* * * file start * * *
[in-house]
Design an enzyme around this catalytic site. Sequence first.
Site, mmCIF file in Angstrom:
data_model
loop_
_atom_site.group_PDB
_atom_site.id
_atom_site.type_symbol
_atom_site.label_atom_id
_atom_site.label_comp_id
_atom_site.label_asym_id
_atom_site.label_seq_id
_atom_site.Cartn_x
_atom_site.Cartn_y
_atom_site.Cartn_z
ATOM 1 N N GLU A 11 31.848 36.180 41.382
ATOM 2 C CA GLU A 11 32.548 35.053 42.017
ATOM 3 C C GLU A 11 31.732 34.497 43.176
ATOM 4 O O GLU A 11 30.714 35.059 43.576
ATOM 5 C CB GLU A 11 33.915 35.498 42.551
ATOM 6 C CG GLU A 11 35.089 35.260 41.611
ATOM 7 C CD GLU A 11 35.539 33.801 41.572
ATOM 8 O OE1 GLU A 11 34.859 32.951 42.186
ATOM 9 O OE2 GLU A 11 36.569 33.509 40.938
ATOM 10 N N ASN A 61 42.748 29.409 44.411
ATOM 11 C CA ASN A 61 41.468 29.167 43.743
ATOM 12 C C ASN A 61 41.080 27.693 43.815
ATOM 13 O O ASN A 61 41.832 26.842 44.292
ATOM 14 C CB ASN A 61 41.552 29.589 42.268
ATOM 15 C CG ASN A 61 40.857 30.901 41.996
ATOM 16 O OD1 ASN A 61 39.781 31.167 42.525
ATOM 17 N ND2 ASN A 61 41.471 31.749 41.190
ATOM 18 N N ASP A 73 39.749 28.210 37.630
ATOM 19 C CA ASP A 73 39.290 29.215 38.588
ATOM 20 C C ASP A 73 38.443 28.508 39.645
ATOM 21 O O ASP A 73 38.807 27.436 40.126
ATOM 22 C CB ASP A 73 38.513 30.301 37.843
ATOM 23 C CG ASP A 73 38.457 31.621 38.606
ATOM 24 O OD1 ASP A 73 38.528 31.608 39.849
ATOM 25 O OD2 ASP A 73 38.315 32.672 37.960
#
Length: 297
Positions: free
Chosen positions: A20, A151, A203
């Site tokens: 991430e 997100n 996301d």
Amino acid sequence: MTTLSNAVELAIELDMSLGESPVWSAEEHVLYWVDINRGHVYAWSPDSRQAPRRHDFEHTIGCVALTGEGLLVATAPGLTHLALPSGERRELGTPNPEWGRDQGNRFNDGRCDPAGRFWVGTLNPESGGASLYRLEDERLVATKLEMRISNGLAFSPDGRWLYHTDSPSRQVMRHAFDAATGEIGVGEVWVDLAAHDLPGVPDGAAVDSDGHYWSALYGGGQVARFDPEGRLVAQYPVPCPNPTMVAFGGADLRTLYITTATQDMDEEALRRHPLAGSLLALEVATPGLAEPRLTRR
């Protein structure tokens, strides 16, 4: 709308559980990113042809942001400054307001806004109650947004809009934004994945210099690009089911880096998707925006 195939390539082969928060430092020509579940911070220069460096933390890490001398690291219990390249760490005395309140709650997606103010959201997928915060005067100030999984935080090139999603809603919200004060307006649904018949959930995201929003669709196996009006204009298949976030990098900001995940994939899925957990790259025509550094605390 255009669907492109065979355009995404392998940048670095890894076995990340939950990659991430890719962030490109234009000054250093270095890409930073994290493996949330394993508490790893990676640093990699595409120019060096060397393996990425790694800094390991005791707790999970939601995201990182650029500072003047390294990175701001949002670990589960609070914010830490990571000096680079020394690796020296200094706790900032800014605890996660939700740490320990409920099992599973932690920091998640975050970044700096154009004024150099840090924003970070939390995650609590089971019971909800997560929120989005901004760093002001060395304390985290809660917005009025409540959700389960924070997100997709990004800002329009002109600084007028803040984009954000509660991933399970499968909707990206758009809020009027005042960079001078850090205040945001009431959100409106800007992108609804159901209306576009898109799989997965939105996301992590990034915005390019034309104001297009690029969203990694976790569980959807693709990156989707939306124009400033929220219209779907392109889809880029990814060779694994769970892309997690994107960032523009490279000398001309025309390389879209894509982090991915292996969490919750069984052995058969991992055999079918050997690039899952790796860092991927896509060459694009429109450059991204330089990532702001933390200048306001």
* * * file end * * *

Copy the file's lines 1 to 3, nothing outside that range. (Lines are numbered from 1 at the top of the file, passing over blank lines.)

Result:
[in-house]
Design an enzyme around this catalytic site. Sequence first.
Site, mmCIF file in Angstrom: